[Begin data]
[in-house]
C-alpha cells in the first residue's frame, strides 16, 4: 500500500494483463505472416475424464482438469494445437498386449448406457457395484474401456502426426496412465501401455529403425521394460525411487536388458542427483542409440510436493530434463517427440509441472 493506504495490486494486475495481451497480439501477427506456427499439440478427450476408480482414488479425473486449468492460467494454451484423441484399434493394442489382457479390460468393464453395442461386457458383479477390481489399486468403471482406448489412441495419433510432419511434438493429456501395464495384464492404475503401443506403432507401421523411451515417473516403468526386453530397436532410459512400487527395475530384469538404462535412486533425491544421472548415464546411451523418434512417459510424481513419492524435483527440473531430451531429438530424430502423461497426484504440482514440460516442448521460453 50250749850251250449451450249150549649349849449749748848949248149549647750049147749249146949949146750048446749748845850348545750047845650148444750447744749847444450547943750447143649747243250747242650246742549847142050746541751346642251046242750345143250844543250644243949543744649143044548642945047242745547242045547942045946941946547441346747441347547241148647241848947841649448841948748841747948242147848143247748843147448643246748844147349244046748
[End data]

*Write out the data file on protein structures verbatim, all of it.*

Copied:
[in-house]
C-alpha cells in the first residue's frame, strides 16, 4: 500500500494483463505472416475424464482438469494445437498386449448406457457395484474401456502426426496412465501401455529403425521394460525411487536388458542427483542409440510436493530434463517427440509441472 493506504495490486494486475495481451497480439501477427506456427499439440478427450476408480482414488479425473486449468492460467494454451484423441484399434493394442489382457479390460468393464453395442461386457458383479477390481489399486468403471482406448489412441495419433510432419511434438493429456501395464495384464492404475503401443506403432507401421523411451515417473516403468526386453530397436532410459512400487527395475530384469538404462535412486533425491544421472548415464546411451523418434512417459510424481513419492524435483527440473531430451531429438530424430502423461497426484504440482514440460516442448521460453 50250749850251250449451450249150549649349849449749748848949248149549647750049147749249146949949146750048446749748845850348545750047845650148444750447744749847444450547943750447143649747243250747242650246742549847142050746541751346642251046242750345143250844543250644243949543744649143044548642945047242745547242045547942045946941946547441346747441347547241148647241848947841649448841948748841747948242147848143247748843147448643246748844147349244046748